A is for Agape
What my father taught me was subtle
What a father teaches a child is usually subtle. Sure, to most of us the first things that come to mind are, the value of a dollar, hard work, firm discipline, but these are only the most obvious lessons. What fathers really teach us ar the more fundamental aspects of our character.
1. Respect yourself and others
This lesson is one of the most important a father teaches. But it doesn’t happen because of his words. Instead it is taught through his treatment of you, your mother, his own mother. The way he addresses his businesses clients and the mailman are all demonstrations of how he views the world and how he wants to be treated in it. So, we see him respectfully address a neighbor. We see him share of himself when his help is needed. He respects the privacy and intellect of his children. He will not belittle or degrade. He is always lifting up and encouraging.
This is one of the few that actually gets turned into words right around puberty or shortly after. But before then a father is constantly showing a child how to do and make. Whether it is sports, cars, woodworking, music, a father imparts knowledge. Fathers love teaching their children. If they are good at sports, they pull out their own jerseys and footballs and play around in the backyard. When a father is musical he strums a few chords, jams in the living room with toddlers banging away on pots and pans or more likely a state of the art guitar that does not belong in a three year old’s hands. Whatever a father’s interest he is going to try to pass it on, these are the moments we learn that the love of something can turn into more, a career or a great hobby. But in a faer’s nature is also to perfect. It is not enough to love something but you must also work at it. A father wants to see passion and dedication. He is looking for gifts and talents. When a good father lets his child grow their abilities, the child thrives under their tutelage and nurture.
3. Strength of purpose
The first time you get picked on at school isn’t the first time your father has told you to stand up for yourself. As an infant on the playground your father was fighting for your rights. If it was your turn at the swings, your father was their to help you up. But if a kid cut in front of you he was either going to teach you the great art of patience or, more likely, he was going to let the child know that it was in fact your turn and he was welcome to wait in line. So, when you are up for a promotion at work it is more than likely your father’s voice in the back of your mind pushing you to the front of the line. If it is important enough a father will fight with you. Unlike mother’s who fight because they are more bears protecting their cubs, fathers choose their battles more carefully. Along the way, we are watching their choices. We are learning which battles to fight with all our might and which can be let go.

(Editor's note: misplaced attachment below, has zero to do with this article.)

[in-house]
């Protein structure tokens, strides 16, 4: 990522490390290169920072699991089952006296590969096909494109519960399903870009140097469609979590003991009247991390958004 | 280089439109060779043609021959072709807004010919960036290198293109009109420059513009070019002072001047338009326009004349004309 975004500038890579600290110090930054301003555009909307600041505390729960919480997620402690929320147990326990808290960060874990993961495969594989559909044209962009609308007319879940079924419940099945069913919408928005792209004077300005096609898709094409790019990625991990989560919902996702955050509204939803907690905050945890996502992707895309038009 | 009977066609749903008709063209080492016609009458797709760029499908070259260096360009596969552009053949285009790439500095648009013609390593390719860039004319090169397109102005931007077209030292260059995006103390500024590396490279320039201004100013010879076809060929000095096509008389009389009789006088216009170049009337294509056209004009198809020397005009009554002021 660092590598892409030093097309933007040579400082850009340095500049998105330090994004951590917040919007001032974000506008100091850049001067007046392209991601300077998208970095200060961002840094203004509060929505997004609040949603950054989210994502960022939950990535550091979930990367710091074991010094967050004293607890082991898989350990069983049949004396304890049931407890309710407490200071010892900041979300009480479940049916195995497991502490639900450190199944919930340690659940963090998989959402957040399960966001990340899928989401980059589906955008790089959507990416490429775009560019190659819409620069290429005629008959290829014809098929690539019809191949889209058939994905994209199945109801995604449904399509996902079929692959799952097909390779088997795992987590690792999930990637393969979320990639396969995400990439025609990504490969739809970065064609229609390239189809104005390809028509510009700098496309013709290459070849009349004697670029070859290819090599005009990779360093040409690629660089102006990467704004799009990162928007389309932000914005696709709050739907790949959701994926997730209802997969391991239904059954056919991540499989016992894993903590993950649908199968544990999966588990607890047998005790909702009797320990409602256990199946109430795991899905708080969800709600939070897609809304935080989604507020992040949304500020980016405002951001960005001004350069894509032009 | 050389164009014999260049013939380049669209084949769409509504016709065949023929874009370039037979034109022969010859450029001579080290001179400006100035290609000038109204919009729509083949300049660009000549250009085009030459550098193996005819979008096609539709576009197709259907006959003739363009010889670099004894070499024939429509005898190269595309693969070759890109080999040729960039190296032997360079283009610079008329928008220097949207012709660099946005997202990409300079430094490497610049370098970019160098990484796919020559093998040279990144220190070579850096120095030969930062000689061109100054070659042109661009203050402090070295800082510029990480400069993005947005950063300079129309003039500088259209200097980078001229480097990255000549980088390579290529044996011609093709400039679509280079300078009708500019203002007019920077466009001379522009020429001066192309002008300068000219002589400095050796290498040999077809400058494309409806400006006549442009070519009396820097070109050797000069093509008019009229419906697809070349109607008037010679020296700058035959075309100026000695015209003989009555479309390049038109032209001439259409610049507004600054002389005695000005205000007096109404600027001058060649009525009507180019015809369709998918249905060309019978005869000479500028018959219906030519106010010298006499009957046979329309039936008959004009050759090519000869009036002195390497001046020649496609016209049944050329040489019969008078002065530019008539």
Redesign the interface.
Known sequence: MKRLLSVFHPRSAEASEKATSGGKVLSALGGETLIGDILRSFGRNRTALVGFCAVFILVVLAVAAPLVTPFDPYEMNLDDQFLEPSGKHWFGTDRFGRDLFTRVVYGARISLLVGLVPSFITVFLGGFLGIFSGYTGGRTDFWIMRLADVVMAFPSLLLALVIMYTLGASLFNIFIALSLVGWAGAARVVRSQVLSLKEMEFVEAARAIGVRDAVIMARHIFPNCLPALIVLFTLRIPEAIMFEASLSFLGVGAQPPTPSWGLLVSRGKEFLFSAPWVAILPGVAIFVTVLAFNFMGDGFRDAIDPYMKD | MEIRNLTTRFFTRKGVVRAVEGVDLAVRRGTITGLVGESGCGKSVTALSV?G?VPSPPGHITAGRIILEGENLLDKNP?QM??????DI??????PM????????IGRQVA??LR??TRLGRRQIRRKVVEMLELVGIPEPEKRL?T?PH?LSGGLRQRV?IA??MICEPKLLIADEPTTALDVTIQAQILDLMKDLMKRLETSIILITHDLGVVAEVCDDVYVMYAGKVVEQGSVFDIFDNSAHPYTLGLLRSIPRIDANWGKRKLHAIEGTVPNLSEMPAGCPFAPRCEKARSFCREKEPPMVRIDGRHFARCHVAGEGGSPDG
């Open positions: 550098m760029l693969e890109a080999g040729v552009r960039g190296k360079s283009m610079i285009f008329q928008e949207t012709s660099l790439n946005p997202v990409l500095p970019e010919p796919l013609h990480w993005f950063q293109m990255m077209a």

4. Value and character
Of all the lessons taught, oh so subtly, by fathers, this is the greatest. When your father is on the sidelines cheering you on at a game, a recital, or a graduation, he is letting you know that you are the most important thing to him. Some fathers yawn their way through these mandatory events and though they are there physically their attitude makes you feel second best. But that father who sits up straight, attentively watching their child succeed or fail, because failure happens, that father is imparting the greatest of gifts to his child. That father, who is a leader at work, a fighter on the field, becomes a lamb at your feet when he watches you pirouette for the first time, make a goal that wins a game, even when he hhugs you after failing a math test. He cares at all times. That child will go on to lead a happy fulfilled life knowing they are loved and acknowledged.
5. Healthy relationships
The foundation of a healthy relationship is usually due to a father. When fathers stand by their children, their wives, their families, they teach their children the importance of good relationships. Every time a father chooses his family above all else, he is imparting security, stability, and lasting faith in human relationships. A father who hugs when a child is broken hearted, smiles when they get a B on their hardest subject, encourages when the job seems too hard, that father is showing how to build a relationship. A child of a faithful father is a child who considers his life carefully. We imagine that those who linger before marrying or ponder the need for children are the ones who come from broken homes. More than likely, these are the children of stable homes. They don’t take commitment lightly. They don’t bandy the word ‘love’ around, because they are well aware of its importance.